How to choose a second-hand piano

Being the eldest child and the only girl among my cousins mean that most of the time I get new clothes. Growing up, in a bid to save money for more shopping, I accepted hand-me-downs, and have continued this habit, so that I have more money to spend on learning experiences for my children.

Once, I overheard on radio of how one celebrity mum who always rummaged in thrift stores for pre-owned clothes, ensured that they were branded and still in good condition. Clothes and pianos may be worlds apart, but we can still learn a lesson or two from her, on how to choose used items wisely.

A new piano has its advantages:

1. You are assured of the brand’s original quality

Remember to sort out the warranties (whether in-store or manufacturer’s), to cover any defects or damages.

2. New pianos provide stability for novices

There’s nothing more frustrating and discouraging than an out-of-tune piano when you are just beginning to learn the piano.

3. A new piano has lower maintenance cost

If you intend to be a serious pianist, learning the proper way to care for your piano will maximize its life expectancy.


However, a new piano can set you back by the thousands, and it may not be feasible for your pockets. There is always the option of getting a second-hand piano.

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A second-hand piano can be more forgiving on your pockets, but there are risks to buying it, especially from a desperate salesman. Don’t be the uninformed, unrehearsed customer looking for a cheap buy. Take note of these points when choosing a used piano:

· What is its history? How often has it been moved? How many times has it changed hands?

· Who played the piano? Knowing whether a serious pianist or an uninterested one was playing the piano will help you gauge the condition of the piano. Serious musicians tend to keep their instruments in top shape.

· What is the condition in which the piano is kept? High temperatures and high levels of humidity causes a piano to deteriorate faster than in cooler climates. Especially in Singapore, the use of piano heaters helps prevent rust, sticky keys, damage to the wooden parts, and growth of moss and mildew.

· Have you tried the piano? Never let the seller pressure you into a sale before you have tested and played the piano to ensure you are comfortable with the feel of the keys, and the singing quality of the sound.

· What was the frequency of the tuning? And who performed maintenance? A $50 piano tuning by any Tom, Dick or Harry next door could cause irreparable internal damage. Always ensure you have piano tuning done by a qualified Piano Technician, at least twice a year, and up to four times if used often.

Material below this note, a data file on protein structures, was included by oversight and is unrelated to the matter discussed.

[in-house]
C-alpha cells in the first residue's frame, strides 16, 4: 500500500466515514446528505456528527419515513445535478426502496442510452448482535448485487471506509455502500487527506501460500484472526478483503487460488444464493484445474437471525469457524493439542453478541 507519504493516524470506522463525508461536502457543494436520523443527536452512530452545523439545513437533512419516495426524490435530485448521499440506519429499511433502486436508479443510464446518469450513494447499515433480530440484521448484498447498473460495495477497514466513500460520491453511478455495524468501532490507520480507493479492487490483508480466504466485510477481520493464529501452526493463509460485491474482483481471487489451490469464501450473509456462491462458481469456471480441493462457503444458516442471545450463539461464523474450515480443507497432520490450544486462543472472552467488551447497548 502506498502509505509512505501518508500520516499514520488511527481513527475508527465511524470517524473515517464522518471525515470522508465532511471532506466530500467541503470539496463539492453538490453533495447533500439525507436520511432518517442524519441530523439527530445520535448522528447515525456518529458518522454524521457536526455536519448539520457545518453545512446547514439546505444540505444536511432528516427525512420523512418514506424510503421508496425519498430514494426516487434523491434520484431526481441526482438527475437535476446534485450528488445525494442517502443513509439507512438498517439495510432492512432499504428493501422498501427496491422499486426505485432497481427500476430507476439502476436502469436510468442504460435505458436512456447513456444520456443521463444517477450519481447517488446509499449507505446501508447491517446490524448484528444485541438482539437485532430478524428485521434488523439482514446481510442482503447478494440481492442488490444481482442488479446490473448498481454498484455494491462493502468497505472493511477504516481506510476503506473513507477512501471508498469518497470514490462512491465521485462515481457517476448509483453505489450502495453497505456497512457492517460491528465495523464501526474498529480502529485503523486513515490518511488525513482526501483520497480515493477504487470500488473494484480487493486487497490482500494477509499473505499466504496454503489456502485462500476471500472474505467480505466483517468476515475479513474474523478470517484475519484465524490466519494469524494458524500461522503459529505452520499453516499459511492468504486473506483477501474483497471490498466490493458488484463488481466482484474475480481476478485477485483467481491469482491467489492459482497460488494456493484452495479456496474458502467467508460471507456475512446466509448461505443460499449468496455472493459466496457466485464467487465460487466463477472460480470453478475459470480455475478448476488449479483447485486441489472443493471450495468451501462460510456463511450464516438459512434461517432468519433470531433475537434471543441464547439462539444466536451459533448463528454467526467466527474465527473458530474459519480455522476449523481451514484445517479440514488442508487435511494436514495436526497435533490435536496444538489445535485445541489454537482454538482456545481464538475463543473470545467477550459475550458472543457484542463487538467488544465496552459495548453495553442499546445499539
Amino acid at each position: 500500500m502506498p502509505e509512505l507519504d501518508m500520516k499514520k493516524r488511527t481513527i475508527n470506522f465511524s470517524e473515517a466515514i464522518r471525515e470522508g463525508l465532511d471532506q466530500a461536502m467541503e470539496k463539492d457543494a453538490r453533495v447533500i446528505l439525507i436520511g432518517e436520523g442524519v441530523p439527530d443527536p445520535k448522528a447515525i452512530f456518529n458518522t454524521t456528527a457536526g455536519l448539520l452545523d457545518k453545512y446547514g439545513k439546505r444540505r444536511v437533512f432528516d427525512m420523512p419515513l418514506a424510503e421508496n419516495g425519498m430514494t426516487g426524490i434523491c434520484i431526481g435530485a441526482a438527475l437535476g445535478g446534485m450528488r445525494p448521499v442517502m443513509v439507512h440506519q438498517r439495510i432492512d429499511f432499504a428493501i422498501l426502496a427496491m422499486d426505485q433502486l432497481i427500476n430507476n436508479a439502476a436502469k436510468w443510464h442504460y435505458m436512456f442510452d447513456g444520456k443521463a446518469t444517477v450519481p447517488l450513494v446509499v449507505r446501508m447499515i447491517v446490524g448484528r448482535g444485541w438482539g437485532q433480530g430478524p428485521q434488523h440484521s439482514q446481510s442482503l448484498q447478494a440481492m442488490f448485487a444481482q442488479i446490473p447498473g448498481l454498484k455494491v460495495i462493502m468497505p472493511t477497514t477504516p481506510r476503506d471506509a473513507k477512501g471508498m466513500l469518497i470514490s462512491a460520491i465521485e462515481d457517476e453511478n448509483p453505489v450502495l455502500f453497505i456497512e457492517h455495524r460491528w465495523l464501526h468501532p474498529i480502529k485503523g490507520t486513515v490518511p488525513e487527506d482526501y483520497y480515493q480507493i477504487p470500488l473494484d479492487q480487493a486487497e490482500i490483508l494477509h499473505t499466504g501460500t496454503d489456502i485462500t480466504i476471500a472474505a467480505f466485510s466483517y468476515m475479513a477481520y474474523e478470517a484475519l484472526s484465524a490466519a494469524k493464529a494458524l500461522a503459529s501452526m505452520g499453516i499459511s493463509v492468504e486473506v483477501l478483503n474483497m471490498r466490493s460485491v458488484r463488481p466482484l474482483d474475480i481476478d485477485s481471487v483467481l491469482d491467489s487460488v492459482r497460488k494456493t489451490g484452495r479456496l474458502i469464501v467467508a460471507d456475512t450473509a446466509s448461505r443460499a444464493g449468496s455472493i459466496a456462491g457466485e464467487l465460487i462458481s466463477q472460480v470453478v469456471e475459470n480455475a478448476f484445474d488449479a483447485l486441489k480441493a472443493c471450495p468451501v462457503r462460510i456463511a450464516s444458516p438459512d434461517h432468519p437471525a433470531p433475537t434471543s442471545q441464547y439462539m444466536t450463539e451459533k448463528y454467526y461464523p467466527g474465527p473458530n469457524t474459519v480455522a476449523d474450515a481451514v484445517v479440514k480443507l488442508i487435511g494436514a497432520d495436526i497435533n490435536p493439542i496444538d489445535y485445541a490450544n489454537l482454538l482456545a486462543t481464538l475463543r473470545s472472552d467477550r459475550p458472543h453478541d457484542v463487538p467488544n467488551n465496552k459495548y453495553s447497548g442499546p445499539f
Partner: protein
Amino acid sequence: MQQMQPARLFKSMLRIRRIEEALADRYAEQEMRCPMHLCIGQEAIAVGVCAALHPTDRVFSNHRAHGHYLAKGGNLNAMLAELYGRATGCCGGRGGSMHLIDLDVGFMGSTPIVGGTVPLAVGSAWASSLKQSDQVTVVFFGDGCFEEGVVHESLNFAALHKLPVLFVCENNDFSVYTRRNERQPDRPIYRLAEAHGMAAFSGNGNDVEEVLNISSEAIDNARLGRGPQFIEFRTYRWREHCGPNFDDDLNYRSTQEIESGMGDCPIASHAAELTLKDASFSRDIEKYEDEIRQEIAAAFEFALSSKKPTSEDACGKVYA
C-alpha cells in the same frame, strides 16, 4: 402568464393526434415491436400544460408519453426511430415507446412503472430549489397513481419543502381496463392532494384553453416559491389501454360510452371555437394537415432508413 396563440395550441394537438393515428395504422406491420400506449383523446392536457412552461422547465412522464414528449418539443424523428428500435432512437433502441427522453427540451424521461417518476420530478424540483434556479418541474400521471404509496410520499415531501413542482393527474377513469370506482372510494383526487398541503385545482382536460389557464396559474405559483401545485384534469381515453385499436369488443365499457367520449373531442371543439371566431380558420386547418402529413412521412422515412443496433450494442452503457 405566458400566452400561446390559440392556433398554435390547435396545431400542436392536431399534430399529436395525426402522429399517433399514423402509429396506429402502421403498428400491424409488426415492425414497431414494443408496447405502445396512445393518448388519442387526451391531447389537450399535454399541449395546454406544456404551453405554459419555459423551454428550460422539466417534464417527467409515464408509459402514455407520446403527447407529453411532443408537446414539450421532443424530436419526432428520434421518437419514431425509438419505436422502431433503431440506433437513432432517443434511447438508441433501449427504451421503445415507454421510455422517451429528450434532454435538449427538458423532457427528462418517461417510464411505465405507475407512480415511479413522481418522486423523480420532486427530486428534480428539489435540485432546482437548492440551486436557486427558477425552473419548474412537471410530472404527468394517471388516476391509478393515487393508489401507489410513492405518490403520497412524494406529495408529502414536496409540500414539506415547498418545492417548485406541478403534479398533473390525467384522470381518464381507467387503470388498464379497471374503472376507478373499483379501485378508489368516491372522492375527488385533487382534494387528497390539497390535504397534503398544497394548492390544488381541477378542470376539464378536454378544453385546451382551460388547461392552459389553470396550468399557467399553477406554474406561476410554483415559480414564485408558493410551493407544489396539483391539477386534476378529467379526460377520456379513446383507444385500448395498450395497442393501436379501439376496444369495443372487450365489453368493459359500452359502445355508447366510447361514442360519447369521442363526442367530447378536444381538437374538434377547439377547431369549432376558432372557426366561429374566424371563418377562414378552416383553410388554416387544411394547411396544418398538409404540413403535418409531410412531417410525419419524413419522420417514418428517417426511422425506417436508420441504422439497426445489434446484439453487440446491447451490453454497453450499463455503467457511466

Picture Glossary – Integrity Piano Service


· Noticed any of these signs of poor condition?

1. The tone of the piano is the first factor to consider in judging the soundboard’s overall condition; there could be unpleasant buzzing if there are wide-enough cracks.

2. Cracks on the cast-iron plate are often irreparable.

3. Ensure the strings are not extremely rusty. When you play up and down the keyboard, and you notice that it sounds dull, you may want to repair the strings. But it can be costly, and may or may not be worth doing.

4. Inspect the tuning pins and the area around them: a cracked pin block can cause the piano to sound out-of-tune. Usually, a piano in this condition could mean potential tuning problems, or may not be able to hold its tune at all.

5. Cracks in the bridge also contributes to tuning instability and could also be the source of buzzing noises.

6. Thin hammers affect the tone of the piano, and is usually just as worn as the action. Look out for hammers that are riddled with many little holes; they are caused by moths, which often destroy the other felts as well.

7. Get an idea of the action’s condition by playing up and down the keyboard several times, first loudly and then softly. This will reveal most problems, such as squeaks, clicks, loose and wobbly keys, notes that do not sound, keys that stick, and the likes.


You can only be as good a pianist as your piano allows.

— Kenneth Farrington, Registered Piano Technician, and author of Taking the Mystery out of
Evaluating and Purchasing a Used Piano
at Integrity Piano Service)


Before you make the final purchase decision, it is imperative to ensure a piano technician evaluates the piano; more so if you are spending money on the piano or the move. The piano technician has more experience, techniques, tools, and the keen eye to check on things you may have overlooked.

Bloom School of Music & Arts offers Piano Technical Services at the push of–exactly eight–buttons. Just give us a call if you ever need these services:

· Piano Repair

· Piano Regulating

· Piano Cleaning

· Piano Voicing

· Piano Assessment

For regular tuning, $120 is a bi-annual investment to ensure your piano, or second-hand piano stays in tip-top condition, for stress-free and pleasant piano practices.

If you have enquiries, or if you wish to use our services, give us a call at 6458 8854.